Why does uveal melanoma metastasize to the liver?

Why does uveal melanoma metastasize to the liver?

Primary tumor cells that express high levels of c-Met invade the vasculature of uveal melanoma where they gain access to the general circulation. Circulating melanoma cells respond to a chemotactic gradient of stroma-cell–derived factor through CXCR4 and home to the liver.

How does melanoma spread to the liver?

Melanoma usually spreads through the body’s blood vessels to the liver. Liver metastases are sometimes present when the original (primary) cancer is diagnosed, or it may occur months or years after the primary tumor is removed. After the lymph nodes, the liver is the most common site of metastatic spread.

How often does melanoma spread to the liver?

A study of 216 cutaneous melanoma cases found 58.3% had metatistic disease in the liver. More than 40% of newly diagnosed ocular melanomas have hepatic metastases present at initial diagnosis, and 95% of all ocular melanoma patients with metastatic disease have hepatic involvement at some point in their disease.

Why does ocular melanoma spread to the liver?

About 50% of patients diagnosed with ocular melanoma go on to develop metastatic disease. In 95% of cases, the liver is the first place metastases are discovered. This is because ocular melanoma spreads through the blood-stream as opposed to the lymphatic system, making the liver susceptible to metastasis.

How does uveal melanoma spread?

This means that the disease may be present in other parts of the body, but because OM is spread by the bloodstream and not the lymphatic system as with cutaneous melanoma, the ‘mets’ may be too small or too diffuse to be detected. The early metastatic disease can be detected, the more options are generally available.

What is the prognosis for melanoma that has spread to the liver?

Background: Liver metastasis develops in approximately two-thirds of patients with recurrent uveal melanoma. Despite therapy, the median survival of those with liver metastasis is 5 to 7 months.

Can you survive liver metastases?

Prognosis for liver metastases tends to be poor, with a roughly 11% survival rate for 5 years. Treatments can help reduce the symptoms and shrink the tumor, but typically, there is no cure for liver metastases. Liver cancer prevention & risk factors.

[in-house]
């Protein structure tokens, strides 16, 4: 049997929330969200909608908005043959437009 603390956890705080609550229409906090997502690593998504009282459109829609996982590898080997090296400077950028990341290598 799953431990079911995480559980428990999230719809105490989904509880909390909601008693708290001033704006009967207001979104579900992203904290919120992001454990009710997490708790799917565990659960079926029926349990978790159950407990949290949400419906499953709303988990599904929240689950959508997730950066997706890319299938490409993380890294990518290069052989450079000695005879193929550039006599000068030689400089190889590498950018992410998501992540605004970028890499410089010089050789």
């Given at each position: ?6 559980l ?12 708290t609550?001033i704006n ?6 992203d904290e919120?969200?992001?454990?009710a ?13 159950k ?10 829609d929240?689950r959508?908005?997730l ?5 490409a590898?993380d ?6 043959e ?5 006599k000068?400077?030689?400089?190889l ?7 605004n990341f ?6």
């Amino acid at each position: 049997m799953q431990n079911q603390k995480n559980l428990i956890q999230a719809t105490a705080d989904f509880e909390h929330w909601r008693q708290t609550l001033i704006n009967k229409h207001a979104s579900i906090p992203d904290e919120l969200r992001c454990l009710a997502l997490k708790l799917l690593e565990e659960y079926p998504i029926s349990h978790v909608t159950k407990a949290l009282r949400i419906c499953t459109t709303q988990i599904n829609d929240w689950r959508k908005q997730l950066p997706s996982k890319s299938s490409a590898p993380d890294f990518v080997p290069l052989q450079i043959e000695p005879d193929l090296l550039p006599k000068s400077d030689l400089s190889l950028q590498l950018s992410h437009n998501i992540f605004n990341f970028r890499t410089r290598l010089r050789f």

How fast does eye melanoma spread?

There is no known cause, though incidence is highest among people with lighter skin and blue eyes. Approximately 50% of patients with OM will develop metastases by 10 to 15 years after diagnosis (a small percentage of people will develop metastases even later i.e. 20-25 years after their initial diagnosis).

What are the different risk factors for melanoma?

Different cancers have different risk factors. Some risk factors, like smoking and excess sun exposure, can be changed. Others, like your age or family history, can’t be changed. Having a risk factor, or even many risk factors, does not mean that you will get melanoma. Many people with risk factors never get melanoma.

Can you change one of the risk factors for liver cancer?

Some risk factors, like smoking, can be changed. Others, like a person’s age or family history, can’t be changed. But having a risk factor, or even several risk factors, does not mean that you will get the disease.

How does liver cirrhosis lead to liver cancer?

Alcohol abuse is a leading cause of cirrhosis in the US, which in turn is linked with an increased risk of liver cancer. Smoking increases the risk of liver cancer. Former smokers have a lower risk than current smokers, but both groups have a higher risk than those who never smoked.

What is the risk of developing melanoma in congenital nevi?

The lifetime risk of melanoma developing in congenital melanocytic nevi is estimated to be between 0 and 5%, depending on the size of the nevus. People with very large congenital nevi have a higher risk, while the risk is lower for those with small nevi.